Dr Tim Highfield
This person does not currently hold a position at QUT.
BiographyDr Tim Highfield is Vice-Chancellor's Research Fellow in the QUT Digital Media Research Centre, where his fellowship project is Visual Cultures of Social Media. He is the author of Social Media and Everyday Politics (Polity, 2016), which brings together his PhD and postdoctoral research into politics, popular culture, digital and social media, play and irreverence, activism, and Eurovision.
His research examines how the everyday and the digital, the popular and the political, the silly and the serious are interlinked; his interests include the everyday practices of popular social media, and how formats and styles from animated GIFs to humorous hashtags and joke forms are used to engage with topics ranging from the explicitly political to the mundane and personal.
His research covers diverse topics and platforms, from visual social media such as GIFs and emoji, parody accounts and jokes on Twitter, fandom, identity on Instagram (including in collaboration with Dr Tama Leaver at Curtin University), online news and political commentary from blogs to everyday social media (including through hashtags and wordplay and through the visual), and social movements' use of digital technologies in the US and Greece (with Dr Sky Croeser at Curtin University).
In 2017, he was the coordinator of the first DMRC Summer School, which saw 37 PhD and early-career researchers from 11 countries come to QUT for a week of intensive workshops and sessions led by DMRC researchers. He is also part of three of the four programs in the DMRC: Journalism, public communication and democracy; Digital media in everyday life; and Digital methods, where his work with Dr Leaver on Instagrammatics and researching visual social media more broadly a leading contribution to this field.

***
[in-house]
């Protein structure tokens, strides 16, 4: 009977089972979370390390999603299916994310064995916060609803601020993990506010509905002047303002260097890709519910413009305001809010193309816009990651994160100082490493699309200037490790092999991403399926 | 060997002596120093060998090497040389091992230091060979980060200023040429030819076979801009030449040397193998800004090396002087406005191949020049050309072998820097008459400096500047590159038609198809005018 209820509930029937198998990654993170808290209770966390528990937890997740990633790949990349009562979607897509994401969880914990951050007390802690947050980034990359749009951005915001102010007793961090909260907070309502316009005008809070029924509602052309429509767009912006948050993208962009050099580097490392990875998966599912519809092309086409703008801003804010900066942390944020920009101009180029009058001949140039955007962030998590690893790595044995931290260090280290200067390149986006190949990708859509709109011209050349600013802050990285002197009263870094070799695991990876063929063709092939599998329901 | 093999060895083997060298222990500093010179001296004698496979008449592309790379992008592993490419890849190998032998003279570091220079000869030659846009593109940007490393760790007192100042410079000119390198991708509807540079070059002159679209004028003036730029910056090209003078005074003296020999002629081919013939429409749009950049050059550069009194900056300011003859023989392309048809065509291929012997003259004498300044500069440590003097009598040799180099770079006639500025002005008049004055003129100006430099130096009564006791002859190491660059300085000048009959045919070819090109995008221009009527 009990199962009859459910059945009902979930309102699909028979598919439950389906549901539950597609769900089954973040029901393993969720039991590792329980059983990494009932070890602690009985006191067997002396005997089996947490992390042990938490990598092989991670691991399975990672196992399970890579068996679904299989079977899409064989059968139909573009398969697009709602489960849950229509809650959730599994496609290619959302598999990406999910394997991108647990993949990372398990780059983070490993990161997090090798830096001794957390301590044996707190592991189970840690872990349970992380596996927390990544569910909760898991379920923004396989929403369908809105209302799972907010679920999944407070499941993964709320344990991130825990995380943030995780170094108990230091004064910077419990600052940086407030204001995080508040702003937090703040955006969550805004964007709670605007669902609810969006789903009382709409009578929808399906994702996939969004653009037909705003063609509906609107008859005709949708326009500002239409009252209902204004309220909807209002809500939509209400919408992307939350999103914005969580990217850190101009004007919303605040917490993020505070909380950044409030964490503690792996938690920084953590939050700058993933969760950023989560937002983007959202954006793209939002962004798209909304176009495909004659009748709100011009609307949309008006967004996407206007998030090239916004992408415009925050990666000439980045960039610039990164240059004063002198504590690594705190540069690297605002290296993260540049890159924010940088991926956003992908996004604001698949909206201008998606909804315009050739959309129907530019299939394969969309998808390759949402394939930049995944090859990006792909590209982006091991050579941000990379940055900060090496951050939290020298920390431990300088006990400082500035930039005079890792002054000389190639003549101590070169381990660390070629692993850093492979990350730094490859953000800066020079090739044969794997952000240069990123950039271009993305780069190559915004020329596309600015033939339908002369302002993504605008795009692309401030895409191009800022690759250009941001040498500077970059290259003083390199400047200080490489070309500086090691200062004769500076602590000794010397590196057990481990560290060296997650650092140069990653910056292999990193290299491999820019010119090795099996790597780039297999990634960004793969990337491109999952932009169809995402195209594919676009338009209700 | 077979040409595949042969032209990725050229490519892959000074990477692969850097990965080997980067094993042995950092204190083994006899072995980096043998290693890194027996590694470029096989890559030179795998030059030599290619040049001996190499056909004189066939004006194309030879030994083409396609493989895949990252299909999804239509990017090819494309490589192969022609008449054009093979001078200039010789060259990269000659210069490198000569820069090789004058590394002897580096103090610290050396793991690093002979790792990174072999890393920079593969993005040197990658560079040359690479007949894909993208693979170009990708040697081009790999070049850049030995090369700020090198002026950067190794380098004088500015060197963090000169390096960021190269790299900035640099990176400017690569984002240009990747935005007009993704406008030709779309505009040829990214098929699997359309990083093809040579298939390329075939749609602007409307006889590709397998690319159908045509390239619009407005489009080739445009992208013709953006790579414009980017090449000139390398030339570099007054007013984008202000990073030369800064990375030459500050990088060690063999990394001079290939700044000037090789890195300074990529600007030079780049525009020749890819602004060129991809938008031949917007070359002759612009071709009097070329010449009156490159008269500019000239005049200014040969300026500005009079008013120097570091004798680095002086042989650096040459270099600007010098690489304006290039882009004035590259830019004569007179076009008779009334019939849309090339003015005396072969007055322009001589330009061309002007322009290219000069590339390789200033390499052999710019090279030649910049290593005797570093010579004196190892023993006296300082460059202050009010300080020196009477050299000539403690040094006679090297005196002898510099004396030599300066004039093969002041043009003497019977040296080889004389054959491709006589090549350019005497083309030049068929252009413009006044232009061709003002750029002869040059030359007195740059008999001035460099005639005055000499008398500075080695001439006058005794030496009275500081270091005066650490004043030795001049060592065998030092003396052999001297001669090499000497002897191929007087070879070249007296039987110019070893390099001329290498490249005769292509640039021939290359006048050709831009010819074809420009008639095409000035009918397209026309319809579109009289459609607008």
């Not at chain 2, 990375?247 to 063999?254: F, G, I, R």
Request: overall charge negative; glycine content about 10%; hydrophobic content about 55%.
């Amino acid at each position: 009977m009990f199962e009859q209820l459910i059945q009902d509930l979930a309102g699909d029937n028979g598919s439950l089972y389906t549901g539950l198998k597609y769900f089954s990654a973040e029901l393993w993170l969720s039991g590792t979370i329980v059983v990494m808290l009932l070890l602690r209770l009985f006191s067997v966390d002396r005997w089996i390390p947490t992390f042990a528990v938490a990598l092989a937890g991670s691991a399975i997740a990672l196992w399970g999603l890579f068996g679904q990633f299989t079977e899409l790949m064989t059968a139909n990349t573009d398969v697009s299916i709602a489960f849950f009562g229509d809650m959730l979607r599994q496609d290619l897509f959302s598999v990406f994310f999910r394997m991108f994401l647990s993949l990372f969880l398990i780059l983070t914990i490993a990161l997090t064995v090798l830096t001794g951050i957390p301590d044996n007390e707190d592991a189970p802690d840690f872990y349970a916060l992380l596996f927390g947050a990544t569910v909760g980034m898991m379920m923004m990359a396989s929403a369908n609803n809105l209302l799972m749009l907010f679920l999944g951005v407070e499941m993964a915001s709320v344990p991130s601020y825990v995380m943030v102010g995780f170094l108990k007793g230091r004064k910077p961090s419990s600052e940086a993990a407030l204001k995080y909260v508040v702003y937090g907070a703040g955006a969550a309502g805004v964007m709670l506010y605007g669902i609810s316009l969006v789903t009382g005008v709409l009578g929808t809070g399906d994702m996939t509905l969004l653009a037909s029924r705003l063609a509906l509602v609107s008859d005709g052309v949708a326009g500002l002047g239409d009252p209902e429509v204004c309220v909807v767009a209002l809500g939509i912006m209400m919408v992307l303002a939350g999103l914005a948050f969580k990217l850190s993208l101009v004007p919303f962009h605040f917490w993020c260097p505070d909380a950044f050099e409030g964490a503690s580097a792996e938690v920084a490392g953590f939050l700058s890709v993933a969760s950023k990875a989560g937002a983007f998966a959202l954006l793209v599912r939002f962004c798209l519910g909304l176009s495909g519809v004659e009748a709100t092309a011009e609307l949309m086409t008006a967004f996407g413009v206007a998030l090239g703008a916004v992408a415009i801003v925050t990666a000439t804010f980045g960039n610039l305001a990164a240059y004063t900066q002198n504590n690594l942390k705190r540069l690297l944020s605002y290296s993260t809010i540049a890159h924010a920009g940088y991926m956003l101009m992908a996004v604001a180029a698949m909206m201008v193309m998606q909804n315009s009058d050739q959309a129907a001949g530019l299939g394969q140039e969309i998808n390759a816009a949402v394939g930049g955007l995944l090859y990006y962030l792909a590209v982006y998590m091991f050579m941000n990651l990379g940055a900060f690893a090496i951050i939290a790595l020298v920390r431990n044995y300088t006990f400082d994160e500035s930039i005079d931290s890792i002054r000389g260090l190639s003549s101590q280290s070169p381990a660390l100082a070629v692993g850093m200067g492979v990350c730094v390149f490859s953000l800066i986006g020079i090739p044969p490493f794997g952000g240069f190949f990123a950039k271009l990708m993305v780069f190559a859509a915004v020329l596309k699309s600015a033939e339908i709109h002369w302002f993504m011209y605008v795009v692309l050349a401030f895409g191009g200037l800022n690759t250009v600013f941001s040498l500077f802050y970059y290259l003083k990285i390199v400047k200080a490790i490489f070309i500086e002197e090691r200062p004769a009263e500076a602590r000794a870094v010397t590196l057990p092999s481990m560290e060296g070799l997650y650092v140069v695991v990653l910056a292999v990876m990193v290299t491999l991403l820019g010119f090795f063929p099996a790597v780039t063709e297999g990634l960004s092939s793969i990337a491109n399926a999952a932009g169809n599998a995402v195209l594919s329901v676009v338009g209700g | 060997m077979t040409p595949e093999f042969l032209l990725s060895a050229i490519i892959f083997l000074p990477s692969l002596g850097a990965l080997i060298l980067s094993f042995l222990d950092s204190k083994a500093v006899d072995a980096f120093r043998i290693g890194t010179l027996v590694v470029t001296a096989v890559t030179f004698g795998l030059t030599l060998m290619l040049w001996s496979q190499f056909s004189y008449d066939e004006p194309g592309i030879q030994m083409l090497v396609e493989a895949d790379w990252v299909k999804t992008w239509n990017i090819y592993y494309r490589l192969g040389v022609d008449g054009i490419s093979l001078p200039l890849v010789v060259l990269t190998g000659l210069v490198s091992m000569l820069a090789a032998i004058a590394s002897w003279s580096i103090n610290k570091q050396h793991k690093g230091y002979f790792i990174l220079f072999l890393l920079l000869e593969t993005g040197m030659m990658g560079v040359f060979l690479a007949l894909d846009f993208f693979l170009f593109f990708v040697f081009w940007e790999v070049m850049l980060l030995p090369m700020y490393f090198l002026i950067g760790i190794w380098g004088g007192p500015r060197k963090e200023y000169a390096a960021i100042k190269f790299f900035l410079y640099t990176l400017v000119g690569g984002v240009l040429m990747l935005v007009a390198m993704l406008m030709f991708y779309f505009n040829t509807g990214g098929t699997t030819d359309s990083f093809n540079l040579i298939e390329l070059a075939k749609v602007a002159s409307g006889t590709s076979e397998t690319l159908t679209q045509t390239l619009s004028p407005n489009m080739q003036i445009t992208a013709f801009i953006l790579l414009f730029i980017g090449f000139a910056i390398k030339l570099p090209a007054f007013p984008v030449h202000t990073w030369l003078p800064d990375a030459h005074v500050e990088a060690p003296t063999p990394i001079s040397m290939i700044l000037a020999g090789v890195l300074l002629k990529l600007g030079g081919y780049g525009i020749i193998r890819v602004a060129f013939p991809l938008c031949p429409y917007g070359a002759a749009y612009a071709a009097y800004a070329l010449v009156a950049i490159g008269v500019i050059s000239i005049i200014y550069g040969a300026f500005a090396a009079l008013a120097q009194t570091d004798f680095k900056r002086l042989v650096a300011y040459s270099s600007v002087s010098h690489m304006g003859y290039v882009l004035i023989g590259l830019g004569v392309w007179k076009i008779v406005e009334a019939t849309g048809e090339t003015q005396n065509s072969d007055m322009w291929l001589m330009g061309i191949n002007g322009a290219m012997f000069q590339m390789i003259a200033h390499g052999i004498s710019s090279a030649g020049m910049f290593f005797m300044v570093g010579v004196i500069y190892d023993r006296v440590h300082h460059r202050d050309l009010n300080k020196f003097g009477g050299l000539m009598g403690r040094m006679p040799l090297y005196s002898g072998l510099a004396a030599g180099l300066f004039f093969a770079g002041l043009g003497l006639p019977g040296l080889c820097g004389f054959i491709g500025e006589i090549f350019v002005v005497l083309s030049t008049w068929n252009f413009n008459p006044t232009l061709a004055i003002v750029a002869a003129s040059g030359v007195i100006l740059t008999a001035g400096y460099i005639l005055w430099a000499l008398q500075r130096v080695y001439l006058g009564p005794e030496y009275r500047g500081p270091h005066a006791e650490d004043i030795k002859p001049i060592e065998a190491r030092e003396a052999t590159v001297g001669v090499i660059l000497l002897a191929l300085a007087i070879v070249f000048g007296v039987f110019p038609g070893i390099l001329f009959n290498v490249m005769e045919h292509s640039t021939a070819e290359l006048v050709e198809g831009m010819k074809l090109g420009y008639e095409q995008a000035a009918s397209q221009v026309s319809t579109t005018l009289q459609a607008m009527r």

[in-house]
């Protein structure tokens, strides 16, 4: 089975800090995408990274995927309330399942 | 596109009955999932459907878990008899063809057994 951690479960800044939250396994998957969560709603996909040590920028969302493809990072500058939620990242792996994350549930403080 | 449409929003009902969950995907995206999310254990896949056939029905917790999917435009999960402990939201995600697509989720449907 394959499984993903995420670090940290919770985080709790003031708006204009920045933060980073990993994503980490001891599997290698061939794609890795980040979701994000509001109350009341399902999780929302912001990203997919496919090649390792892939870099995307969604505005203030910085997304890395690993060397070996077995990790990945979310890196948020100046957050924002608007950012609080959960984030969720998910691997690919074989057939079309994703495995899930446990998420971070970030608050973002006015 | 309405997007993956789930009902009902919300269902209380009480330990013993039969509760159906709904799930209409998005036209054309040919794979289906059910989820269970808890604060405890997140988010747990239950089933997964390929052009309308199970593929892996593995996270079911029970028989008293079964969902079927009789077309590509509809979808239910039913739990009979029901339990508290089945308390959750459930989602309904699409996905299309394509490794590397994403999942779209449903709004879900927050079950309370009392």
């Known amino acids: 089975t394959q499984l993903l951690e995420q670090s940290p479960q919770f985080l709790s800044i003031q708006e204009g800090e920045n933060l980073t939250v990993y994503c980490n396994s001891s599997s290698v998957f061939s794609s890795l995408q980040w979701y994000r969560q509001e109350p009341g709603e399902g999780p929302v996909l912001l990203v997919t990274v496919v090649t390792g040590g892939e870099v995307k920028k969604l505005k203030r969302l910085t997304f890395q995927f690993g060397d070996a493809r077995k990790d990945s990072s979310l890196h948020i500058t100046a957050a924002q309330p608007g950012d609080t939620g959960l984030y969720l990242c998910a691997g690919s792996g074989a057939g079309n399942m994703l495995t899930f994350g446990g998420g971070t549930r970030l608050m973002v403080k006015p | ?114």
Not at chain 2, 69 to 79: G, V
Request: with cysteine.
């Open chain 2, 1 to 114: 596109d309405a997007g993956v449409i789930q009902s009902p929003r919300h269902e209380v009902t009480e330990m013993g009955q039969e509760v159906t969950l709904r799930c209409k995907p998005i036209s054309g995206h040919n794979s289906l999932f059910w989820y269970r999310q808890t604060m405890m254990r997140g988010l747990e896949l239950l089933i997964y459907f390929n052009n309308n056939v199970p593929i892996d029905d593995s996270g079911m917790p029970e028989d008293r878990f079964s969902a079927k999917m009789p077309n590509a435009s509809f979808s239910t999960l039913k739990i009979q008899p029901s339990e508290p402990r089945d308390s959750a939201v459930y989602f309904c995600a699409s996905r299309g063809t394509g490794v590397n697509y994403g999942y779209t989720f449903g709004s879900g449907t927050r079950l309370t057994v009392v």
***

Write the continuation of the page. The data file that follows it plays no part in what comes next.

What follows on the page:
Dr Highfield is a member of the Association of Internet Researchers, International Communication Association, and Society for Cinema and Media Studies, and a program committee member for the Social Media and Society conference. More information about his work can be found at http://timhighfield.net or on Twitter (@timhighfield).
Communication and Media Studies
Field of Research code, Australian and New Zealand Standard Research Classification (ANZSRC), 2008
- PhD (Queensland University of Technology)
- B. Arts (Communication Studies and French) (Hons) (University of Western Australia)
Online (Open Universities Australia - through Curtin University):
WEB101 Web Communications - June 2013-August 2013
NET308 Internet Collaboration and Organisation (acting unit co-ordinator) - December 2011-February 2012; Dec 2012-Feb 2013
MED104 Engaging Media - August 2011-November 2011; March 2012-June 2012
NET102 The Internet and Everyday Life - March 2012-June 2012
Web101 Web Communications - March 2013-June 2013
KCB102 Media Mythbusting - March 2010-June 2010
- Highfield T, (2016) Social media and everyday politics, Polity Press.
- Highfield T, Leaver T, (2016) Instagrammatics and digital methods: studying visual social media, from selfies and GIFs to memes and emoji, Communication Research and Practice, 2 (1), pp. 47-62.
- Croeser S, Highfield T, (2015) Mapping movements - social movement research and big data: Critiques and alternatives. In G Elmer, J Redden & G Langlois, Compromised data: From social media to big data, Bloomsbury Academic, pp. 173-201.
- Highfield T, Leaver T, (2015) A methodology for mapping Instagram hashtags, First Monday, 20 (1), pp. 1-11.
- Highfield T, (2016) News via Voldemort: Parody accounts in topical discussions on Twitter, New Media and Society, 18 (9), pp. 2028-2045.
- Highfield T, (2015) Tweeted joke life spans and appropriated punch lines: Practices around topical humor on social media, International Journal of Communication, 9, pp. 2713-2734.
- Bruns A, Burgess J, Highfield T, (2014) A 'big data' approach to mapping the Australian twittersphere. In K Bode & P Arthur, Advancing digital humanities: Research, methods, theories, Palgrave Macmillan, pp. 113-129.
- Croeser S, Highfield T, (2014) Occupy Oakland and #oo: Uses of Twitter within the Occupy movement, First Monday, 19 (3), pp. 1-13.
- Highfield T, Harrington S, Bruns A, (2013) Twitter as a technology for audiencing and fandom: The Eurovision phenomenon, Information, Communication and Society, 16 (3), pp. 315-339.
- Bruns A, Highfield T, (2012) Blogs, Twitter, and breaking news: The produsage of citizen journalism. In RA Lind, Produsing Theory in a Digital World: The Intersection of Audiences and Production in Contemporary Theory [Volume 80: Digital Formations], Peter Lang Publishing, pp. 15-32.